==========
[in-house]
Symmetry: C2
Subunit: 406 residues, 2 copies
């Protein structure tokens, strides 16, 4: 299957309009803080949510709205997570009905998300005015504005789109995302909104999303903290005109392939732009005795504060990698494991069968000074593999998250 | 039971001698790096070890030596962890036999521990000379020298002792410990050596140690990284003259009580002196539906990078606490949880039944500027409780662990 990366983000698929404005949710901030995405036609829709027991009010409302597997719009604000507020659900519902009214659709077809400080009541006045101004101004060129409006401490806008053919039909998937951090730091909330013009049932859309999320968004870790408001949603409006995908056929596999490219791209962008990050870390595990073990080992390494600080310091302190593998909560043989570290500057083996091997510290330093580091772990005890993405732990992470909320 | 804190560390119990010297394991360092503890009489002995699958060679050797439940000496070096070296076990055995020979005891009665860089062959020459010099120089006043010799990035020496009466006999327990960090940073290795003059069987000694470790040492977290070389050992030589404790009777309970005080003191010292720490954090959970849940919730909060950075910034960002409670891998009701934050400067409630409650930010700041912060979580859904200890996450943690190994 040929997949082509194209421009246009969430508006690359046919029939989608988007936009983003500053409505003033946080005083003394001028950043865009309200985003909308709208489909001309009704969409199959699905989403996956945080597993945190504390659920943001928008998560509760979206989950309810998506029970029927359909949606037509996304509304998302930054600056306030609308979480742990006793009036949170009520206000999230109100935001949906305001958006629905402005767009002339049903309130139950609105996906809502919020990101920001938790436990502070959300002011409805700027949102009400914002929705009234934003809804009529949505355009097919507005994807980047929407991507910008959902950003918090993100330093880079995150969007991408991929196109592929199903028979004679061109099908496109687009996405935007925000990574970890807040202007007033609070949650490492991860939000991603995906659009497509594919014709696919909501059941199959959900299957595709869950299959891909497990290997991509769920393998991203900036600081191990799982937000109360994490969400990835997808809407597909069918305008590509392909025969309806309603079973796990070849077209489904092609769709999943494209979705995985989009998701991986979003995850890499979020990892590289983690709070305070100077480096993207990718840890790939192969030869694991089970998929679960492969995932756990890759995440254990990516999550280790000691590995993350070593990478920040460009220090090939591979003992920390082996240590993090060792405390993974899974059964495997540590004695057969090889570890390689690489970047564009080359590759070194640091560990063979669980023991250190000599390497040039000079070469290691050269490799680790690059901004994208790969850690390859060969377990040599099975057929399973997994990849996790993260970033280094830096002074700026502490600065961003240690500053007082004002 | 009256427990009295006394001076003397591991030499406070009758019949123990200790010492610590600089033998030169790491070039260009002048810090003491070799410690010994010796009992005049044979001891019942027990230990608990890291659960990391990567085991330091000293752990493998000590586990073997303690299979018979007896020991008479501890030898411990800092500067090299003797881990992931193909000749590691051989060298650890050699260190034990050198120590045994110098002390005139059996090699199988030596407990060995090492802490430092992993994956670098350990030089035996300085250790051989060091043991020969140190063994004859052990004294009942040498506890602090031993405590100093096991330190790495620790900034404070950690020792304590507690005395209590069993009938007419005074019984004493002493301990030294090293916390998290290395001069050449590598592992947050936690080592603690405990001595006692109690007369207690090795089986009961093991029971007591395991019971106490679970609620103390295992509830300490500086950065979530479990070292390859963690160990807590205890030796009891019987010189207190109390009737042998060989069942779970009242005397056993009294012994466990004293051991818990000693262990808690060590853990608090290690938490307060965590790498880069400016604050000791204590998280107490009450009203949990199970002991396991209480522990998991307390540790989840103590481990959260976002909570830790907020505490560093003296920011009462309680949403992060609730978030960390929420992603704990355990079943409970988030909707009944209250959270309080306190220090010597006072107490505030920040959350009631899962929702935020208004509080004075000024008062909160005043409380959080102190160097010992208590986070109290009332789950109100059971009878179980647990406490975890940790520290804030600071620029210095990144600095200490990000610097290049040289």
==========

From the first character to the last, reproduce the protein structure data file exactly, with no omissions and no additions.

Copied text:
[in-house]
Symmetry: C2
Subunit: 406 residues, 2 copies
């Protein structure tokens, strides 16, 4: 299957309009803080949510709205997570009905998300005015504005789109995302909104999303903290005109392939732009005795504060990698494991069968000074593999998250 | 039971001698790096070890030596962890036999521990000379020298002792410990050596140690990284003259009580002196539906990078606490949880039944500027409780662990 990366983000698929404005949710901030995405036609829709027991009010409302597997719009604000507020659900519902009214659709077809400080009541006045101004101004060129409006401490806008053919039909998937951090730091909330013009049932859309999320968004870790408001949603409006995908056929596999490219791209962008990050870390595990073990080992390494600080310091302190593998909560043989570290500057083996091997510290330093580091772990005890993405732990992470909320 | 804190560390119990010297394991360092503890009489002995699958060679050797439940000496070096070296076990055995020979005891009665860089062959020459010099120089006043010799990035020496009466006999327990960090940073290795003059069987000694470790040492977290070389050992030589404790009777309970005080003191010292720490954090959970849940919730909060950075910034960002409670891998009701934050400067409630409650930010700041912060979580859904200890996450943690190994 040929997949082509194209421009246009969430508006690359046919029939989608988007936009983003500053409505003033946080005083003394001028950043865009309200985003909308709208489909001309009704969409199959699905989403996956945080597993945190504390659920943001928008998560509760979206989950309810998506029970029927359909949606037509996304509304998302930054600056306030609308979480742990006793009036949170009520206000999230109100935001949906305001958006629905402005767009002339049903309130139950609105996906809502919020990101920001938790436990502070959300002011409805700027949102009400914002929705009234934003809804009529949505355009097919507005994807980047929407991507910008959902950003918090993100330093880079995150969007991408991929196109592929199903028979004679061109099908496109687009996405935007925000990574970890807040202007007033609070949650490492991860939000991603995906659009497509594919014709696919909501059941199959959900299957595709869950299959891909497990290997991509769920393998991203900036600081191990799982937000109360994490969400990835997808809407597909069918305008590509392909025969309806309603079973796990070849077209489904092609769709999943494209979705995985989009998701991986979003995850890499979020990892590289983690709070305070100077480096993207990718840890790939192969030869694991089970998929679960492969995932756990890759995440254990990516999550280790000691590995993350070593990478920040460009220090090939591979003992920390082996240590993090060792405390993974899974059964495997540590004695057969090889570890390689690489970047564009080359590759070194640091560990063979669980023991250190000599390497040039000079070469290691050269490799680790690059901004994208790969850690390859060969377990040599099975057929399973997994990849996790993260970033280094830096002074700026502490600065961003240690500053007082004002 | 009256427990009295006394001076003397591991030499406070009758019949123990200790010492610590600089033998030169790491070039260009002048810090003491070799410690010994010796009992005049044979001891019942027990230990608990890291659960990391990567085991330091000293752990493998000590586990073997303690299979018979007896020991008479501890030898411990800092500067090299003797881990992931193909000749590691051989060298650890050699260190034990050198120590045994110098002390005139059996090699199988030596407990060995090492802490430092992993994956670098350990030089035996300085250790051989060091043991020969140190063994004859052990004294009942040498506890602090031993405590100093096991330190790495620790900034404070950690020792304590507690005395209590069993009938007419005074019984004493002493301990030294090293916390998290290395001069050449590598592992947050936690080592603690405990001595006692109690007369207690090795089986009961093991029971007591395991019971106490679970609620103390295992509830300490500086950065979530479990070292390859963690160990807590205890030796009891019987010189207190109390009737042998060989069942779970009242005397056993009294012994466990004293051991818990000693262990808690060590853990608090290690938490307060965590790498880069400016604050000791204590998280107490009450009203949990199970002991396991209480522990998991307390540790989840103590481990959260976002909570830790907020505490560093003296920011009462309680949403992060609730978030960390929420992603704990355990079943409970988030909707009944209250959270309080306190220090010597006072107490505030920040959350009631899962929702935020208004509080004075000024008062909160005043409380959080102190160097010992208590986070109290009332789950109100059971009878179980647990406490975890940790520290804030600071620029210095990144600095200490990000610097290049040289």